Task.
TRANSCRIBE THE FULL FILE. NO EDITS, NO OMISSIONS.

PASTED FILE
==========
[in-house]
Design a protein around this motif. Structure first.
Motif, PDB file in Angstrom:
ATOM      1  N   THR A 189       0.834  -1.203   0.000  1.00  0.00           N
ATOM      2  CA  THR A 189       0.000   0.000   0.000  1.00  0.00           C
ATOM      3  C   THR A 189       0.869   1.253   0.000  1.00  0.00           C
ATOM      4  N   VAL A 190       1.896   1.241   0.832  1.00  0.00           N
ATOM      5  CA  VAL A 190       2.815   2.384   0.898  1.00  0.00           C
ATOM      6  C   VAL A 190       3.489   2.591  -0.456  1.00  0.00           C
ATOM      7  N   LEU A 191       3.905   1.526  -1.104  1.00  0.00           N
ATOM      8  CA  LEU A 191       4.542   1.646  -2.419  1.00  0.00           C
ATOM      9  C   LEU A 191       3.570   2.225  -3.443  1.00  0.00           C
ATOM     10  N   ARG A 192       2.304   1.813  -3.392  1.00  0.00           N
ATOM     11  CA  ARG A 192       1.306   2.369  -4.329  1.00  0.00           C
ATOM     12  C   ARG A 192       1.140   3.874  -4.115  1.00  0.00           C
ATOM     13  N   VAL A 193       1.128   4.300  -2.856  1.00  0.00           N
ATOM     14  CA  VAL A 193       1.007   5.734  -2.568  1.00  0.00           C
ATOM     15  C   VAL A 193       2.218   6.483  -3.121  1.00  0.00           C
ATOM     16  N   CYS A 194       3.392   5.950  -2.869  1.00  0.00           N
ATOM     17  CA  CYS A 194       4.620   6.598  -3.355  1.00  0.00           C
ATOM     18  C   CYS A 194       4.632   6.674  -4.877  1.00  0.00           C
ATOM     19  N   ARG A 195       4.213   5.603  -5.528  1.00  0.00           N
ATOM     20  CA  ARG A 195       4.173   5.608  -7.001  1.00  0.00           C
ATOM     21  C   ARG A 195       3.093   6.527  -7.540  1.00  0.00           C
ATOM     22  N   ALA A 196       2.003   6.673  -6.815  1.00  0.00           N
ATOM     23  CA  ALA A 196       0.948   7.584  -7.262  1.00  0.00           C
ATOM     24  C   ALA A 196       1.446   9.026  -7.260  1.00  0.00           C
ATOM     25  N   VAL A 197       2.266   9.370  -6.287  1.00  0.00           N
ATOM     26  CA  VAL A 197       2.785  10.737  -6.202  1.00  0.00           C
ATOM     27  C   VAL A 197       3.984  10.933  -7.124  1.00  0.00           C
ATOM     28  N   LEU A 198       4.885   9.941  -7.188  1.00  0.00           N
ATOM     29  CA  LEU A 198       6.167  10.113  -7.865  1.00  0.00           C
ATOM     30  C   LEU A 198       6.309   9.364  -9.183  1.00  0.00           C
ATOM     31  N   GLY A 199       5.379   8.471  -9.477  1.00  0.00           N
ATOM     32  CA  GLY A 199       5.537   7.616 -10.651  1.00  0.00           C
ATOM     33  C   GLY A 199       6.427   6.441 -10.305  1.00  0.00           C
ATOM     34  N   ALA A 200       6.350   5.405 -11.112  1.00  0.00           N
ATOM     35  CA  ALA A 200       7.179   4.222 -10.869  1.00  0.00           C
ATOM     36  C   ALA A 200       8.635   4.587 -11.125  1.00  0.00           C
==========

[in-house]
Design a protein around this motif. Structure first.
Motif, PDB file in Angstrom:
ATOM      1  N   THR A 189       0.834  -1.203   0.000  1.00  0.00           N
ATOM      2  CA  THR A 189       0.000   0.000   0.000  1.00  0.00           C
ATOM      3  C   THR A 189       0.869   1.253   0.000  1.00  0.00           C
ATOM      4  N   VAL A 190       1.896   1.241   0.832  1.00  0.00           N
ATOM      5  CA  VAL A 190       2.815   2.384   0.898  1.00  0.00           C
ATOM      6  C   VAL A 190       3.489   2.591  -0.456  1.00  0.00           C
ATOM      7  N   LEU A 191       3.905   1.526  -1.104  1.00  0.00           N
ATOM      8  CA  LEU A 191       4.542   1.646  -2.419  1.00  0.00           C
ATOM      9  C   LEU A 191       3.570   2.225  -3.443  1.00  0.00           C
ATOM     10  N   ARG A 192       2.304   1.813  -3.392  1.00  0.00           N
ATOM     11  CA  ARG A 192       1.306   2.369  -4.329  1.00  0.00           C
ATOM     12  C   ARG A 192       1.140   3.874  -4.115  1.00  0.00           C
ATOM     13  N   VAL A 193       1.128   4.300  -2.856  1.00  0.00           N
ATOM     14  CA  VAL A 193       1.007   5.734  -2.568  1.00  0.00           C
ATOM     15  C   VAL A 193       2.218   6.483  -3.121  1.00  0.00           C
ATOM     16  N   CYS A 194       3.392   5.950  -2.869  1.00  0.00           N
ATOM     17  CA  CYS A 194       4.620   6.598  -3.355  1.00  0.00           C
ATOM     18  C   CYS A 194       4.632   6.674  -4.877  1.00  0.00           C
ATOM     19  N   ARG A 195       4.213   5.603  -5.528  1.00  0.00           N
ATOM     20  CA  ARG A 195       4.173   5.608  -7.001  1.00  0.00           C
ATOM     21  C   ARG A 195       3.093   6.527  -7.540  1.00  0.00           C
ATOM     22  N   ALA A 196       2.003   6.673  -6.815  1.00  0.00           N
ATOM     23  CA  ALA A 196       0.948   7.584  -7.262  1.00  0.00           C
ATOM     24  C   ALA A 196       1.446   9.026  -7.260  1.00  0.00           C
ATOM     25  N   VAL A 197       2.266   9.370  -6.287  1.00  0.00           N
ATOM     26  CA  VAL A 197       2.785  10.737  -6.202  1.00  0.00           C
ATOM     27  C   VAL A 197       3.984  10.933  -7.124  1.00  0.00           C
ATOM     28  N   LEU A 198       4.885   9.941  -7.188  1.00  0.00           N
ATOM     29  CA  LEU A 198       6.167  10.113  -7.865  1.00  0.00           C
ATOM     30  C   LEU A 198       6.309   9.364  -9.183  1.00  0.00           C
ATOM     31  N   GLY A 199       5.379   8.471  -9.477  1.00  0.00           N
ATOM     32  CA  GLY A 199       5.537   7.616 -10.651  1.00  0.00           C
ATOM     33  C   GLY A 199       6.427   6.441 -10.305  1.00  0.00           C
ATOM     34  N   ALA A 200       6.350   5.405 -11.112  1.00  0.00           N
ATOM     35  CA  ALA A 200       7.179   4.222 -10.869  1.00  0.00           C
ATOM     36  C   ALA A 200       8.635   4.587 -11.125  1.00  0.00           C